Posts Tagged ‘InnoCentive’

[Video Mondays] The Power of Open Innovation

July 26, 2010

Today’s digital media allow customers and partners of all kinds to partner with companies, and with each other, in incredibly dynamic ways.  These network collaborations may follow a number of different approaches.

One approach that has garnered a lot of attention is contribution systems, such as Wikipedia or Linux, where a great many participants each contribute a small piece to a large project (Wikipedia’s encyclopedia, or Linux’s operating system). But there are other successful models of network collaboration as well.

One of these is the open competition, wherein a network of participants is invited to each attempt their own solution to a defined challenge, with one or more “winners” selected for reward (money, fame, peer recognition, or combinations thereof).

InnoCentive has been a leader in this kind of collaboration. They have developed a global network of 175,000 of “solvers”—independent academics, graduate students, and experts in a variety of fields who are based in 175 countries and linked by the Internet. More than a hundred organizations, among them Procter & Gamble, Eli Lilly, and the Rockefeller Foundation (called “seekers”), turn to InnoCentive’s network to tackle the toughest problems that have stymied their own research and development departments.

I was delighted to have InnoCentive’s CEO Dwayne Spradlin speak at this year’s BRITE ’10 conference on “The Power of Open Innovation.”

Below is a video of his talk in full. Enjoy!


If video does not appear, click here to watch it on

This post originally posted by David on the blog at:

Culture Eats Strategy for Lunch

March 15, 2010

Dwayne SpradlinIn talking with one of his clients about the barriers to open innovation within an organization, Dwayne Spradlin, CEO and President of InnoCentive, received a wonderfully insightful quote: “Culture eats strategy for lunch.”

As Spradlin told BusinessWeek (podcast), the right culture is essential to making open innovation work. When leadership supports it from the top, Spradlin believes that “people will be extraordinary.” If middle-management receives the necessary permission to be creative and come up with new ideas, they will be the ones who drive open innovation.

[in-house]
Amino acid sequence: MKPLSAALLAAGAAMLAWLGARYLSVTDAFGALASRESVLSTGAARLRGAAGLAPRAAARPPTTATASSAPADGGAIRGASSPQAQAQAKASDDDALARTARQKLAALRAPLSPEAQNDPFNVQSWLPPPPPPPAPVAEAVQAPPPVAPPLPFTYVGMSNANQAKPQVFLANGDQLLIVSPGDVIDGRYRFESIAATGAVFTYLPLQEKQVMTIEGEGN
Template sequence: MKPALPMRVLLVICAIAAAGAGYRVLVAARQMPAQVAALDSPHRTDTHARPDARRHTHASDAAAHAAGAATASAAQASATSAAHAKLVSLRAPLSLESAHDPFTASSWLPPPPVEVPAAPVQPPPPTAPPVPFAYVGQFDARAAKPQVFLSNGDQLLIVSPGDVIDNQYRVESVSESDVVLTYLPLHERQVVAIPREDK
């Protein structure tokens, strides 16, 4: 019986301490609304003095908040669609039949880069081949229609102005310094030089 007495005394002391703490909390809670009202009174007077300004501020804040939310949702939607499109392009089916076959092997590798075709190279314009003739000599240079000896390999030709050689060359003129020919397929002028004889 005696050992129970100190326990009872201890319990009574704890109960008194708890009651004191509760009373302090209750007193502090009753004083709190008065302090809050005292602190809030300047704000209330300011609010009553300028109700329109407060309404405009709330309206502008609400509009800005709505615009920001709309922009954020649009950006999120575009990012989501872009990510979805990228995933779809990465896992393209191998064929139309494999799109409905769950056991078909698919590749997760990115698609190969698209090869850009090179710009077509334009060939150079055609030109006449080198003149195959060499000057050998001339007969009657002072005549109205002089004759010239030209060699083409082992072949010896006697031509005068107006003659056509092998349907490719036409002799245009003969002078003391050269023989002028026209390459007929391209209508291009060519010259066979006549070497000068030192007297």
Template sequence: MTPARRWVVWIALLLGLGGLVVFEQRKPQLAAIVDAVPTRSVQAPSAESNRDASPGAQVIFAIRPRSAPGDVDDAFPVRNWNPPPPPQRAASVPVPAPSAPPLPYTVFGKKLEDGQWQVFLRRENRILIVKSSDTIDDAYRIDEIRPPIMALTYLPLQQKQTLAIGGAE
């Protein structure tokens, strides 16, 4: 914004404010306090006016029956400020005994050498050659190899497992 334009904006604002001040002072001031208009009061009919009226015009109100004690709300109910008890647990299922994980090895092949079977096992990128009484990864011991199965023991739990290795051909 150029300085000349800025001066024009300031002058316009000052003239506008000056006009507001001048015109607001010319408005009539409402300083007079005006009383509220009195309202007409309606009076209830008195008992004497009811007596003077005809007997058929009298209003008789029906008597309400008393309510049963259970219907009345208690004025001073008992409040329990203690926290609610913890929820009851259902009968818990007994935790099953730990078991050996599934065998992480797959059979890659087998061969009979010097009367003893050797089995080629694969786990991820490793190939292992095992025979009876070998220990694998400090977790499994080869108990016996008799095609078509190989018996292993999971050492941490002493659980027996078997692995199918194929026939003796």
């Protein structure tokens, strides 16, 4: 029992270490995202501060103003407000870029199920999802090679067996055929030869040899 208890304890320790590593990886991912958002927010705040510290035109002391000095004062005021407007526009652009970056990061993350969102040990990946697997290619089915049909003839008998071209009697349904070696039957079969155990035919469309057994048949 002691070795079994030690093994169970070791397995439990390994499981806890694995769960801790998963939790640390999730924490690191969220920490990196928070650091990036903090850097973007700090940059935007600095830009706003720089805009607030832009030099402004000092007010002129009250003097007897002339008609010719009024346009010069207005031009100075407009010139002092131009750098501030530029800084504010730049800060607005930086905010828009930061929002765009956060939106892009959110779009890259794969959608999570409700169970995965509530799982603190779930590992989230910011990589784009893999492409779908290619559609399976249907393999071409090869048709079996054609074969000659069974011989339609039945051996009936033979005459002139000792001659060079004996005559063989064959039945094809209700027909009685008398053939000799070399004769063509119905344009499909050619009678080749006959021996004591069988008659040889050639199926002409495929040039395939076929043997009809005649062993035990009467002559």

Founded in 2001, InnoCentive works with a wide range of businesses to develop incentive-based innovation challenges. Solutions are found by a community of problem solvers spread all around the world. From running these challenges and working with clients, Spradlin offers the following advice for organizations looking to tap the power of an open innovation system:

  • Make sure that you create an innovation challenge only for tasks that you intend to move forward on.
  • Ask the right question–think of a specific “what if” question that might result in a business advancement, rather than just posing general business problems.
  • Harness a group of “problem facilitators” with the skills to develop the right questions and evaluate the solutions to your innovation challenges. This will improve the efficiency of the rest of your company when it moves forward with innovative ideas.

To hear Dwayne Spradlin speak at BRITE ’10, register now.


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